Ectonucleotidases consist of families of nucleotide metabolizing enzymes that are expressed on the plasma membrane and have externally oriented active sites. These ectoenzymes operate in concert or consecutively and metabolize nucleotides to the respective nucleoside analogs. They have the potential to decrease extracellular concentrations of nucleotides and to generate nucleosides. The relative contribution of the distinct enzymes to the modulation of purinergic signaling may depend on the availability and preference of substrates and on cell and tissue distribution.
Ectonucleotidases modulate P2-receptor-mediated signaling. Alterations in extracellular nucleotide levels can increase or decrease P2 activity or lead to P2 receptor desensitization. Desensitization of P2 receptors is dose dependent. In vitro the desensitization of anion secretion responses requires 10-min preincubations with the P2Y2 receptor agonist UTP. Recovery from UTP or ATP-induced desensitization can either be rapid (<10 min) at preincubation concentrations of approximately 2 µM or requires progressively longer time periods at higher concentrations. Furthermore, generation of extracellular adenosine not only abrogates nucleotide-mediated effects but also activates adenosine receptors, often with opposing (patho-) physiological effects.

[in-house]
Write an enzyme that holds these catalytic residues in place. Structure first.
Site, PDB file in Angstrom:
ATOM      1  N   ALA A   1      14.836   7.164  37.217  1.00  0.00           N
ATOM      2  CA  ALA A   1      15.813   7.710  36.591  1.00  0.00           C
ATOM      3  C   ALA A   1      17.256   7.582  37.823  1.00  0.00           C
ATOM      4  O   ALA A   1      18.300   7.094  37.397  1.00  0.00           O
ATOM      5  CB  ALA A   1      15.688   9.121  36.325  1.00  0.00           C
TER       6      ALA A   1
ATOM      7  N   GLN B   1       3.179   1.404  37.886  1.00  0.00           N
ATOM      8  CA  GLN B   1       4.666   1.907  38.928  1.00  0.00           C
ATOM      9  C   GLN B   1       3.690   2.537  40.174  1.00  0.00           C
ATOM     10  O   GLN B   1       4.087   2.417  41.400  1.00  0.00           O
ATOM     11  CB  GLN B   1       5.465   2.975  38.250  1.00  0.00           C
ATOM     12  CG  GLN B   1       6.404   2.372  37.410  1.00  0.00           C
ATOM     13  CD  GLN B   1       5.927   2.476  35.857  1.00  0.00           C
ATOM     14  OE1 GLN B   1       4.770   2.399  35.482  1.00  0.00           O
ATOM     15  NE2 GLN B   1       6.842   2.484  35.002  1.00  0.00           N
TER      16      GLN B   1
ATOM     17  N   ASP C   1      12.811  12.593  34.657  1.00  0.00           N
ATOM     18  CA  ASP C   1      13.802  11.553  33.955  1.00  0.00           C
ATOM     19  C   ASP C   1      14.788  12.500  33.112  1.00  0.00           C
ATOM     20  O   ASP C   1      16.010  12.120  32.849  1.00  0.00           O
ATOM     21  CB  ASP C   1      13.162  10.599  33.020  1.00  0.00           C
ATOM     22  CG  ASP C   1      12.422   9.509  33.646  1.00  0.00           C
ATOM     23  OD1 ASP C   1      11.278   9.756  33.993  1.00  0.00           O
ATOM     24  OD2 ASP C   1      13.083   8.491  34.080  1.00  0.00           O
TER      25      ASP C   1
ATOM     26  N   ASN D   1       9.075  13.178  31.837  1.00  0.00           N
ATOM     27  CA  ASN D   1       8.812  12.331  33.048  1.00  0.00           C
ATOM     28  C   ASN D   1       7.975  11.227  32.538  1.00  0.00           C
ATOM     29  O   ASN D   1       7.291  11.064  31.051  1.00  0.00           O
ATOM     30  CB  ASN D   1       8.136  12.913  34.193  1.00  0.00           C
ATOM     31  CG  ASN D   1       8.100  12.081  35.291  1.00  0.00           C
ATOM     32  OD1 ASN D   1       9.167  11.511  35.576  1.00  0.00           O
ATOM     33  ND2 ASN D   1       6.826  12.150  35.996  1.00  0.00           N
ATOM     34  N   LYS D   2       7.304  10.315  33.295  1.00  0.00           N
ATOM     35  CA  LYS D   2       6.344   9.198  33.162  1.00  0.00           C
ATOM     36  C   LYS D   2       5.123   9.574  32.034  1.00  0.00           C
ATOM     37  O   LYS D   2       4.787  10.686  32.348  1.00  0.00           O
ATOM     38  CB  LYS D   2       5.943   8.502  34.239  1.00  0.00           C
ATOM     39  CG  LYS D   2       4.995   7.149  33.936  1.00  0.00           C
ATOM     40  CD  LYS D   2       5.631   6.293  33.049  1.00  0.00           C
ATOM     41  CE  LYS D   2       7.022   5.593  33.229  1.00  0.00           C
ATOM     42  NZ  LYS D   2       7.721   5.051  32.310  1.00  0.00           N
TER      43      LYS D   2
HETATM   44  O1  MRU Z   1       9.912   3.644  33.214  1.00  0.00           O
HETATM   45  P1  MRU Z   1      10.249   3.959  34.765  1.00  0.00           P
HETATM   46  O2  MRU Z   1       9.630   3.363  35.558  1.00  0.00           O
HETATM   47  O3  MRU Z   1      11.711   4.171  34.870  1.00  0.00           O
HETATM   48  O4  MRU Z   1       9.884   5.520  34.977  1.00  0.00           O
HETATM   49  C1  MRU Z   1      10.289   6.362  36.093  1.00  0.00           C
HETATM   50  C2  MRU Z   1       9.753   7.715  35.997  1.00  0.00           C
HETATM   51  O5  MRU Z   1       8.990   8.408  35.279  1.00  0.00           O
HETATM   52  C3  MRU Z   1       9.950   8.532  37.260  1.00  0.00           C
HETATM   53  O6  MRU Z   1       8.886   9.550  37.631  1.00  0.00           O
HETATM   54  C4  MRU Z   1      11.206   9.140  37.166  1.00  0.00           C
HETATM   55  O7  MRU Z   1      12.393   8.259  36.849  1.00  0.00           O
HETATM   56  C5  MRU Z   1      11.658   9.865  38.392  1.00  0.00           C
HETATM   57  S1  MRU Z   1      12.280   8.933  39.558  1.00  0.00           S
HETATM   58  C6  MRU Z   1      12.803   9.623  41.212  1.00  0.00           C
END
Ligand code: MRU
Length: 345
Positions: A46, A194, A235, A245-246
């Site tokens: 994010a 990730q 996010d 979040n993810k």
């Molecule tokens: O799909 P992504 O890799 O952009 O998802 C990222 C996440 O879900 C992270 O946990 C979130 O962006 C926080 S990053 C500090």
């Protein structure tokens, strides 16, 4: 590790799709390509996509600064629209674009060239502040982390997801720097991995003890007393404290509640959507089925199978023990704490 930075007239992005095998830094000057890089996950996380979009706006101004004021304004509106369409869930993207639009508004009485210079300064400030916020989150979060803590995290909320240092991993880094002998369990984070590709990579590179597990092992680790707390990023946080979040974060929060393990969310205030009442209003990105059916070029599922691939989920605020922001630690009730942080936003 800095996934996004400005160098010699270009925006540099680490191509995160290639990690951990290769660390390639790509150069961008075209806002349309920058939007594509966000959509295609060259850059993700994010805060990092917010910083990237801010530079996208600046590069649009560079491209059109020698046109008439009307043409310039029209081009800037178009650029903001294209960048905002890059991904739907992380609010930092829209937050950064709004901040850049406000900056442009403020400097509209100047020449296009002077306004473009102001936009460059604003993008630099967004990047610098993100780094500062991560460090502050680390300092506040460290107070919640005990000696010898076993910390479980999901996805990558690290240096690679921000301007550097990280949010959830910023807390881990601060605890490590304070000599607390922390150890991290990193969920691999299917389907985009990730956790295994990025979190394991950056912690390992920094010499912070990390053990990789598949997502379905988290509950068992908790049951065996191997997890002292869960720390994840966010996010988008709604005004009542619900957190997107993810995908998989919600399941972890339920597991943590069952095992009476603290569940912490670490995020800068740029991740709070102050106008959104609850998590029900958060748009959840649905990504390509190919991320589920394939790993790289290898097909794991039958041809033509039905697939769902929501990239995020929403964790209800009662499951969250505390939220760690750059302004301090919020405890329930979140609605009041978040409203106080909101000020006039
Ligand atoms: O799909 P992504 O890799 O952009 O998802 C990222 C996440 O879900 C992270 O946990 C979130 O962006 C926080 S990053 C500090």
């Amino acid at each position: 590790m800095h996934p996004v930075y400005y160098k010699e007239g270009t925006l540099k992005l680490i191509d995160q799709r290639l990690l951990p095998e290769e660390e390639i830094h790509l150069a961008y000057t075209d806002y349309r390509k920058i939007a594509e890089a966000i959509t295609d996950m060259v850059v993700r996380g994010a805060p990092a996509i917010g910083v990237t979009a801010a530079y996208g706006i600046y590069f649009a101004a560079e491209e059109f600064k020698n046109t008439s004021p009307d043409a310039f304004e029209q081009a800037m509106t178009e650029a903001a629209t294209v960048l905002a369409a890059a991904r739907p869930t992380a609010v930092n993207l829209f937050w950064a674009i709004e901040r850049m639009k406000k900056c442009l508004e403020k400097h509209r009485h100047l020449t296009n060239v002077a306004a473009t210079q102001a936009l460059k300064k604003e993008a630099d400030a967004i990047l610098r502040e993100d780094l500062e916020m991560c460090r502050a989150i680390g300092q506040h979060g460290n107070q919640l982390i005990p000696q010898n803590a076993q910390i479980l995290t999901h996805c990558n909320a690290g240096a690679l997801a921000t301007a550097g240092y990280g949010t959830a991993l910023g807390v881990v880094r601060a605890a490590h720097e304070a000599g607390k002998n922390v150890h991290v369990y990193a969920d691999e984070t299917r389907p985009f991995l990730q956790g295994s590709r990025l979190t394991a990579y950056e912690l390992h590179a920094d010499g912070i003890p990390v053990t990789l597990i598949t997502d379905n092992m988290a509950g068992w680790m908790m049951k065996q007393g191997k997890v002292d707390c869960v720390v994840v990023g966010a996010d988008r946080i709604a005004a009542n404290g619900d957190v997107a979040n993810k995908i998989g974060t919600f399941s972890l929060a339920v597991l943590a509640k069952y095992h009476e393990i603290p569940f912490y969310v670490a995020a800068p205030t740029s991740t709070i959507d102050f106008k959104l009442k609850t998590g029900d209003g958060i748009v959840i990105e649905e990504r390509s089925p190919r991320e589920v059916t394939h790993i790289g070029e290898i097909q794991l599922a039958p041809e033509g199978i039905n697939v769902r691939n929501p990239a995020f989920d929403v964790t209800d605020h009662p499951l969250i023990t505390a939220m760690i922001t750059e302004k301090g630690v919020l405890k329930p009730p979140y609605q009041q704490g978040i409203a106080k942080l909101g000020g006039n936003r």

Ectonucleotidases also produce the key molecules for purine salvage and consequent replenishment of ATP stores within multiple cell types. Indeed, although nucleotides do not appear to be taken up by cells, dephosphorylated nucleoside derivatives interact with several specific transporters to enable intracellular uptake via membrane passage.
There are four major families of ectonucleotidases in the liver microenvironment namely CD39/NTPDases (ecto-nucleotide triphosphate diphosphohydrolases), Nucleotide pyrophosphatase/phosphodiesterase (NPP)-type ecto-phosphodiesterases, alkaline phosphatases and ecto-5’-nucleotidases/CD73